Konstantin Chuychenko: Yes, another problem is that the housing and utilities sector bases its rates on outdated consumption standards, using them to calculate the investment required and the infrastructure maintenance costs. The water consumption rate, for example, reaches as much as 400 litres per person per day, and the water loss allowance in the water supply network is 35 to 40 litres, while in Denmark, Poland, and Germany, say, the daily water consumption is only 130 litres per person, and water loss in the network is 6.8 litres.
Experiments conducted in Russia show that the average person living permanently in one apartment uses daily around 100 litres of water, or 150 litres including water loss. This is a factor affecting the prices set. It makes for higher costs, because excessive production capacity is to be maintained in order to guarantee the supply of 400 litres per capita.
In our view, what we lack at the moment are systemic mechanisms that would monitor the way the organisations carry out production and investment programmes. In other words, our consumers have no way of knowing how the money collected from them in payment for these various services is being spent. The second part of the instruction deals with this issue and all of the problems that I have told you about.
Dmitry Medvedev: Regarding the housing and utilities sector and municipal authorities’ responsibility, the list of instructions should include provisions that if checks reveal the existence of fly-by-night firms or cases of money being channelled abroad without proper justification, on the basis of fraudulent documents, or via whatever fraudulent schemes, the region’s governor should raise the question of dismissing the head of the municipality in question. Add this to the list of instructions.
Konstantin Chuychenko: Yes.
Dmitry Medvedev: Good. Now, what about the Olympics?
Konstantin Chuychenko: Acting on the instruction you gave at the start of this year, we looked at how prices are set for the construction materials used to build facilities for the Olympics. Overall, the Government has done a lot to optimise the Olympics’ costs. Some project decisions have been optimised and the costs of a number of sites have come down. Furthermore, design capacity of a number of sites has been brought into line with the real demands. Transport infrastructure has also been modernised to some extent in terms of optimising costs.
But we did reveal a rather unpleasant problem concerning prices for sand and gravel and such like.
Dmitry Medvedev: Which materials precisely?
Konstantin Chuychenko: A sand-gravel mix. The price for this product has gone up from 360 rubles to 800 rubles per ton, and this is quite simply absurd, especially when the average price for this particular product around Russia is 250 to 400 rubles.
Dmitry Medvedev: Where are they getting this sand from? Are they importing it from China or something?
Konstantin Chuychenko: From various places. They bring it in by rail too.
Dmitry Medvedev: In other words, they bring it in from neighbouring regions, the areas close to Sochi?
Konstantin Chuychenko: Yes, from close areas. We should note, however, that there are quarries in Krasnodar Territory that are not being used to the full extent possible, and this sand and gravel is often being brought in by ship or rail, which of course adds dramatically to the cost.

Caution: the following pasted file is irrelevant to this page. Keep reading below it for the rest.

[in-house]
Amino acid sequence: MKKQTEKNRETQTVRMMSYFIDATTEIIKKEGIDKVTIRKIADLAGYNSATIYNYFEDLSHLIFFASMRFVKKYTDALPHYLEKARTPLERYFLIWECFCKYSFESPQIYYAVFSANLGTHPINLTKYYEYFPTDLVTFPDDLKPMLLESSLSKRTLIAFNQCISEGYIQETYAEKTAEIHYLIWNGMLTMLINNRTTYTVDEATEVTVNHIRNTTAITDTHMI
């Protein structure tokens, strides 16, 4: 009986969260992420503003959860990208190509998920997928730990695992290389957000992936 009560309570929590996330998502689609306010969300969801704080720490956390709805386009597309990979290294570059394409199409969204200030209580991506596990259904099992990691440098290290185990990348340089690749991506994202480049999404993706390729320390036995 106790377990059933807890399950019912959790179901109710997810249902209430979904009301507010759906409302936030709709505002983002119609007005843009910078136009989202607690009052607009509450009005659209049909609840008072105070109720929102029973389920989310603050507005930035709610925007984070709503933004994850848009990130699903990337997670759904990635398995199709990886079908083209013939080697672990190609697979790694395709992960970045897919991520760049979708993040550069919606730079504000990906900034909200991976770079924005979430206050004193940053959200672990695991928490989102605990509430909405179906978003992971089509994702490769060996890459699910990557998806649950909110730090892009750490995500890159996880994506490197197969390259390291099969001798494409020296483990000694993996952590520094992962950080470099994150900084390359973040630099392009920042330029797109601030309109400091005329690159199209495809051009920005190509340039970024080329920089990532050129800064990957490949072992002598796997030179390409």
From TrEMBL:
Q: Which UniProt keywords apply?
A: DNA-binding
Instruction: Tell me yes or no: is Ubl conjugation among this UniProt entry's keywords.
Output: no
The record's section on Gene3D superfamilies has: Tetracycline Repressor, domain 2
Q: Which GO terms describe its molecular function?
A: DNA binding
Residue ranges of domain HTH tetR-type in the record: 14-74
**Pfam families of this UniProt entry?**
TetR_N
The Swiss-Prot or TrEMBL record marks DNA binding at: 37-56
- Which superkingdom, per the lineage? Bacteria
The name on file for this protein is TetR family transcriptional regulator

Dmitry Medvedev: Who is responsible for this?
Konstantin Chuychenko: The Regional Development Ministry.
We have written up a draft presidential instruction that would make it possible to calculate and set justified costs for these construction materials and take disciplinary action against those who let the prices rise so unjustifiably, and thus remove them from taking part in building the Olympic facilities.
“I want you to continue monitoring spending on the Olympics, the APEC summit preparations, and other major events. The tight supervision has made it possible to minimize any deliberately fraudulent economic schemes here. But that does not exclude them altogether.”
Dmitry Medvedev: We can only take disciplinary action against directly subordinate people, that is, people working for the Government and its subordinate agencies.
But there is obviously a whole chain of people there making these decisions. We have an organisation responsible for this matter.
Konstantin Chuychenko: Yes, these prices were decided by – I will give the organisation’s precise name – the working group on price setting in cost estimates for the Olympic facilities, and this was the price recommended.
Dmitry Medvedev: 678 rubles without VAT, 800 rubles with VAT. But what is the real price?
Konstantin Chuychenko: I can say, for example, that this sand-gravel mix is being shipped in too for the construction of sites for the APEC summit [in Vladivostok in 2012], and the price there is not more than 400 rubles per ton, although the supply conditions there are more complicated, in my view.
Dmitry Medvedev: Yes, we’re talking about the Far East there, it’s a different price bracket. Practically everything is more expensive there.
Konstantin Chuychenko: But as I said, at the start of 2010 the price was 360 rubles. In any case, this was the recommended starting price, and many contract estimates were made on the basis of this price.
Dmitry Medvedev: You know, I think that aside the instructions for Prime Minister Putin, we should get the Prosecutor General, [Yury] Chaika involved too. Have him look into it too. If there are disciplinary breaches involved this is one thing, but if there is criminal activity, this is another matter. Have them look into it. If there is cause to press criminal charges the necessary decisions will have to be made. All of this is to be looked into and sorted out.
As for the Olympics, I want you to continue monitoring spending on the Olympics, the APEC summit preparations, and other major events, because we are giving this a lot of attention. I think things are in order on the whole, and the tight supervision has made it possible to minimize any deliberately fraudulent economic schemes here. But that does not exclude them altogether, as we see with these gravel prices and some other cases. There thus should be an ongoing effort to bring such cases to light and make them public. If there are objective reasons for the situation, let the parties concerned give their explanations, and if not, this is reason to take action accordingly. Keep watch on this, because the Olympics are being held on public money to a large extent, and our people have the right to know how this money is being spent.
Konstantin Chuychenko: We will do this on a systematic basis.
Dmitry Medvedev: That’s agreed then. Make the additions to the instructions. Thank you.